Basically, a framework is a program allowing to simplify coding by performing certain functions.
High efficiency — with frameworks, developers can use pre-built functions in several minutes and avoid hundreds of code lines. The development process becomes more efficient, and the end product can be delivered not only on time but also ahead of the deadline.
Security — if the framework is widely used and is one of the top ones, it has solid safety arrangements. In fact, its users act as long-term testers as well, so if there is any vulnerability or a bug, they report it on the framework’s official website.
Angular.JS was released in 2009 which makes it the oldest framework so far. Being mostly used for creating single page web applications, it has won the trust of the largest community and is supported by Google.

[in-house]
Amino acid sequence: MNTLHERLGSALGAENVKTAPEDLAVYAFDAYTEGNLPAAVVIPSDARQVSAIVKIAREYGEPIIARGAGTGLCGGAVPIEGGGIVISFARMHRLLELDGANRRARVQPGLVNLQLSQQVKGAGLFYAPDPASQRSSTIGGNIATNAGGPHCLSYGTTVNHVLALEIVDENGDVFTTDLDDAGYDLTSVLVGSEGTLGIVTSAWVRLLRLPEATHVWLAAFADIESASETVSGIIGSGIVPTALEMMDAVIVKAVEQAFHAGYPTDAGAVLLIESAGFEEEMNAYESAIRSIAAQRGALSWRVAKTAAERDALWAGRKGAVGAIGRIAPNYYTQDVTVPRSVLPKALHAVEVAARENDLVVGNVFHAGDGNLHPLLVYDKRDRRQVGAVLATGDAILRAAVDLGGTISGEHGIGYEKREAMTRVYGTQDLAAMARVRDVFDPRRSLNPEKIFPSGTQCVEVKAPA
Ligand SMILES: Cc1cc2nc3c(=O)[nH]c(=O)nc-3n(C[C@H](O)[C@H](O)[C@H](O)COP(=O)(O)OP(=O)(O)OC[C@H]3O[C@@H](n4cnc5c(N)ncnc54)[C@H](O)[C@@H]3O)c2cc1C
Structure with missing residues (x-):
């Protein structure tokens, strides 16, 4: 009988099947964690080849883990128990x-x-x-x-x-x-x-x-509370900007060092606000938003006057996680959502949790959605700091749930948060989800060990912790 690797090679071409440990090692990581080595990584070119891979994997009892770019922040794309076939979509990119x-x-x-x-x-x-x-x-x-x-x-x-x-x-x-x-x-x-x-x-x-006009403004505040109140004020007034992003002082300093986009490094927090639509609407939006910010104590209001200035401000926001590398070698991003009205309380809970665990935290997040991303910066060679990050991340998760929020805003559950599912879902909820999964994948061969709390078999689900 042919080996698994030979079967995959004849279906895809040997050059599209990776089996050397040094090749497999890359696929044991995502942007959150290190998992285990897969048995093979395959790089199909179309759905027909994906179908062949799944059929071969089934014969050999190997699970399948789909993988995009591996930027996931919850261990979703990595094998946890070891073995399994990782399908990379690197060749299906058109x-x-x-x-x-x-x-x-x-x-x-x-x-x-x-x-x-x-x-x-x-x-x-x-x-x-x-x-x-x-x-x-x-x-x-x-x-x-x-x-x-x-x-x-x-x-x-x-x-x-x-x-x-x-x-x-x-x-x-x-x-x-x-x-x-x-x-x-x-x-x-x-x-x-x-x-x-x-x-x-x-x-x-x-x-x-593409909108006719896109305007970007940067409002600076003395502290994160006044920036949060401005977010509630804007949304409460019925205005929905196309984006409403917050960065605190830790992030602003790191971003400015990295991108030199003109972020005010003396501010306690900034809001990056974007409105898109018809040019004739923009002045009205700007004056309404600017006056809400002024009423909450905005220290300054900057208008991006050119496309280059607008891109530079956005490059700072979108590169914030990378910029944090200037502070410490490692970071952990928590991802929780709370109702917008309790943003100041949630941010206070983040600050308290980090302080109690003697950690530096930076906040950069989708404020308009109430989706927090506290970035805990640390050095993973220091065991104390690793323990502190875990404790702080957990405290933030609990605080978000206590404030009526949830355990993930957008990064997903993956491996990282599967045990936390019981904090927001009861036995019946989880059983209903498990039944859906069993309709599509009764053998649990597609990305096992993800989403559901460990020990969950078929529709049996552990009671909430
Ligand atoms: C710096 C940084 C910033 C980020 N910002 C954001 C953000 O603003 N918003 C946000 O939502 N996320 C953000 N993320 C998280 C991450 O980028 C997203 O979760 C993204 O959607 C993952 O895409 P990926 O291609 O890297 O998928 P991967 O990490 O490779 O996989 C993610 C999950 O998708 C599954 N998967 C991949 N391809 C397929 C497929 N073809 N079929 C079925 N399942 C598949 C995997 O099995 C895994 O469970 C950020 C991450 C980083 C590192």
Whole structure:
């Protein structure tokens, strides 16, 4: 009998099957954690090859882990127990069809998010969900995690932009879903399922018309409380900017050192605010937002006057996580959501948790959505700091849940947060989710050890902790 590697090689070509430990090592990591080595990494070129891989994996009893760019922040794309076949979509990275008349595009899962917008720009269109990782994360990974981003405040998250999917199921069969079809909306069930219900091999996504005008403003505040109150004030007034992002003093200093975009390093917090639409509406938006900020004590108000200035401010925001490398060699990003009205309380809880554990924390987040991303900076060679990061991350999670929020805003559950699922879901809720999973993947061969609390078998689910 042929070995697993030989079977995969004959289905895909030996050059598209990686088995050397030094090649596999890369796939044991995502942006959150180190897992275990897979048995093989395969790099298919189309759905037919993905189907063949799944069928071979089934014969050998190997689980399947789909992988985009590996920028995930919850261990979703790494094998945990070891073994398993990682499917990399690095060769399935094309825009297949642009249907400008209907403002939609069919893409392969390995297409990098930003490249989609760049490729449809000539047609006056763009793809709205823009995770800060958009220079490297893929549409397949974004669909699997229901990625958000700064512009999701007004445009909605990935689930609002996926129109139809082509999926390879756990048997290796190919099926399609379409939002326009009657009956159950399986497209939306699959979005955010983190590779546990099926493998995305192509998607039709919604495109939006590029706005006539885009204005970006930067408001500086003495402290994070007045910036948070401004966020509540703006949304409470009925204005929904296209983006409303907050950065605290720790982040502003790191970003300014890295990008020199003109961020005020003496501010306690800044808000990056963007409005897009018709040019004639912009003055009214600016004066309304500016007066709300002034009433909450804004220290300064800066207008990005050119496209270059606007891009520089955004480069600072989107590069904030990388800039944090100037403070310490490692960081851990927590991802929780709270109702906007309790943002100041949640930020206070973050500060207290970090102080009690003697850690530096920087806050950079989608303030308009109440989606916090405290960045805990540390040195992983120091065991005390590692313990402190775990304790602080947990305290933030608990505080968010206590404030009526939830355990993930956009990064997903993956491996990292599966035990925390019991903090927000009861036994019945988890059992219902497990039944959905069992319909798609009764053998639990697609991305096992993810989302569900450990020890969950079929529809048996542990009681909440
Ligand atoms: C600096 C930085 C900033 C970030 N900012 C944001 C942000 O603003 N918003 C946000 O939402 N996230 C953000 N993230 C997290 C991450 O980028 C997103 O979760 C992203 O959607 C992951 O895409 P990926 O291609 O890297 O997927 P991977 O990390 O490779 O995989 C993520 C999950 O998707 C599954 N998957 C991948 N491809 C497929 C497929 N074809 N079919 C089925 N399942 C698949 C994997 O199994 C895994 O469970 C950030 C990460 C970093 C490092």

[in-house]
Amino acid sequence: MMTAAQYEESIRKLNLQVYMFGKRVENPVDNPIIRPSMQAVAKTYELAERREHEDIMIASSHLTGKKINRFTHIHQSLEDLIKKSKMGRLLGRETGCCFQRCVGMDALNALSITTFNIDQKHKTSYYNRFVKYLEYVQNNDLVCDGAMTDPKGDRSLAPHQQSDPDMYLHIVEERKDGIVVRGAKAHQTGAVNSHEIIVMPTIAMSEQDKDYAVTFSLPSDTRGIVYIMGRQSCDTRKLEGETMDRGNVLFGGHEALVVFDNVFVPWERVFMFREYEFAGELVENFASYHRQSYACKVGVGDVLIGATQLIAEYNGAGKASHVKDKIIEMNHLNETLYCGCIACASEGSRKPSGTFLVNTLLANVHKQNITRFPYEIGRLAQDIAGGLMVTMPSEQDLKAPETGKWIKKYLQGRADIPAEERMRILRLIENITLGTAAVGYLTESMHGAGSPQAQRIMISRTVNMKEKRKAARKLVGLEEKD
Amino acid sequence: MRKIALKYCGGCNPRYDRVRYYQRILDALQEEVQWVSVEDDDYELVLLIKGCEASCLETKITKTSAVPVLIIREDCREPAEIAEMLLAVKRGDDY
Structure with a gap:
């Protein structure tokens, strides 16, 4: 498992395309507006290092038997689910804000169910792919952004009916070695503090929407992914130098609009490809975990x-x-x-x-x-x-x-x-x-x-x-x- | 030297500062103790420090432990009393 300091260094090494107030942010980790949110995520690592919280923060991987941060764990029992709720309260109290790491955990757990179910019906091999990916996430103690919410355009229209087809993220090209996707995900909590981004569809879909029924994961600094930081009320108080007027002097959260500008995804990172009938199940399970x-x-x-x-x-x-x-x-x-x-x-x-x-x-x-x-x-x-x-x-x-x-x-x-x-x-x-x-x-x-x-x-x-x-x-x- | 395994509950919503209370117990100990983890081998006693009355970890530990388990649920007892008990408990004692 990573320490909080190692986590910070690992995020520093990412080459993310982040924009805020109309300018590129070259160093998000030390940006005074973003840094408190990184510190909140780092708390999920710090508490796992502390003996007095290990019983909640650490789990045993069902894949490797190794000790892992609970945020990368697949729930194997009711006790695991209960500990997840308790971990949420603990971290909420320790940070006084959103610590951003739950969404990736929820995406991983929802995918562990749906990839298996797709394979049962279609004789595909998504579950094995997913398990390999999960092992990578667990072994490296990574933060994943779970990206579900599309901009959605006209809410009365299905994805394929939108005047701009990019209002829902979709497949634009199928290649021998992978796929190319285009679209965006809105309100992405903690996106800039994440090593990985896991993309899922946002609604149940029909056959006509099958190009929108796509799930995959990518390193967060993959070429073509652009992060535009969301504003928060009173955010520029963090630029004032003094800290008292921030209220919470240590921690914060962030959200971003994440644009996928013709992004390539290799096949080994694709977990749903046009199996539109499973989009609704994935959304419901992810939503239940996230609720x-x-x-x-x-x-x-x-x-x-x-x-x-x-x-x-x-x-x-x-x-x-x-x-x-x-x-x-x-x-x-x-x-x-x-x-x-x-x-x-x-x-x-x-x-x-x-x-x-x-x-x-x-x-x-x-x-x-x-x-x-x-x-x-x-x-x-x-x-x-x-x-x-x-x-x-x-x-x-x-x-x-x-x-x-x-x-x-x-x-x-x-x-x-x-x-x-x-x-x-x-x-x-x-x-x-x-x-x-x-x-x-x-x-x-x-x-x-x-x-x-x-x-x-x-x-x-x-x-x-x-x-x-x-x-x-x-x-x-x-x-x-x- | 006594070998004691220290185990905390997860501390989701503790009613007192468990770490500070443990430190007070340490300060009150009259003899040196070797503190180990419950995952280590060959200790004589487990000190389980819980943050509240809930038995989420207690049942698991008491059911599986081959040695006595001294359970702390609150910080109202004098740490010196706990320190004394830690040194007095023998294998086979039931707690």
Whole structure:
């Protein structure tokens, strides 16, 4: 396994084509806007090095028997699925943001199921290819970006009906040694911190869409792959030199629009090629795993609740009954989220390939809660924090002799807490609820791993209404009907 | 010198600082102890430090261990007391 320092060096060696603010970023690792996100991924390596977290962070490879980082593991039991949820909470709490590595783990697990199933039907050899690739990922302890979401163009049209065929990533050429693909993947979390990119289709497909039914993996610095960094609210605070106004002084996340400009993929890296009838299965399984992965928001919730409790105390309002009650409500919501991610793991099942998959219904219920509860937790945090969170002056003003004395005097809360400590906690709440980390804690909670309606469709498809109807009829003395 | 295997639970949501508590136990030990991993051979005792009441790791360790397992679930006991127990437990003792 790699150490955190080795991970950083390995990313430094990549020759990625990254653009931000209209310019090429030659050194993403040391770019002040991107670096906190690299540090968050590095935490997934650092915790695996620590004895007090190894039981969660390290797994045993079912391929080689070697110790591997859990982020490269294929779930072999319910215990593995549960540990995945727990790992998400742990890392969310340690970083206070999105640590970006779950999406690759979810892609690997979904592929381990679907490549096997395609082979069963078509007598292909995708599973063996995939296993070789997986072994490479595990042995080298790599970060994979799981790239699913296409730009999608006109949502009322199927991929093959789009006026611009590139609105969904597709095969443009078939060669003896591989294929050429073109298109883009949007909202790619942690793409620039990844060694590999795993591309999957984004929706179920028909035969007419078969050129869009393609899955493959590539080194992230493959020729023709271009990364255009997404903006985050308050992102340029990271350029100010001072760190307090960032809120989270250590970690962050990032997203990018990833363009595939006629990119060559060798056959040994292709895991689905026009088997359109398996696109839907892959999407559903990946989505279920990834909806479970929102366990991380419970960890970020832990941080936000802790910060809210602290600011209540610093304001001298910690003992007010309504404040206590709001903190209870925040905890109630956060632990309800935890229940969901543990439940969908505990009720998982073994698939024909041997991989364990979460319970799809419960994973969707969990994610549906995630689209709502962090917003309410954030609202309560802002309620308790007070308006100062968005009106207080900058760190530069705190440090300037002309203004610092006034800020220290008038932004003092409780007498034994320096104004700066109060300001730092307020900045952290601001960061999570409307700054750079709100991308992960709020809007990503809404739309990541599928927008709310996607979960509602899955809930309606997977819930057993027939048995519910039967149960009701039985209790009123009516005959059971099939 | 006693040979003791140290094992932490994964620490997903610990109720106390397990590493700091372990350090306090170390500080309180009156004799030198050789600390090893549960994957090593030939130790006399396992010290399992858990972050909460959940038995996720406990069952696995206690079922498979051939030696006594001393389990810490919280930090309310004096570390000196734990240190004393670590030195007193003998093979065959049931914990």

Quick code production;
Intuitive alteration and UI design;
Two-way data binding with the DOM (Document Object Model);
Support by Google, which drives implementation of innovations;
Large community ready to assist in using the framework.
Low performance for pages with lots of interactive elements;
Problems with indexability by search engines when it comes to single page apps;
Complicated third-party integration;
Troubles with debugging.
Easy learning API and interface;
Efficient rendering of massive data sets;
Great for debugging;
React native library;
Easy import of components.
Difficult for beginners;
Lack of proper documentation;
Troubles with third-party integration;
Some developers do not consider it as a full framework but as a library.
Two-way data binding;
Complications with processing quick changes;
The heaviest of the frameworks;
Smaller community and extensive amount of outdated tutorials on the web;
Released in 2009
Used for Vevo, YouTube, Freelancer
For single-page applications
Released in 2013
Used for Instagram, Airbnb, Facebook, Khan Academy
For dynamic large-scale apps with high traffic
Released in 2011
Used for TinderBox, Netflix, Apple Music, Yahoo!
For complex web apps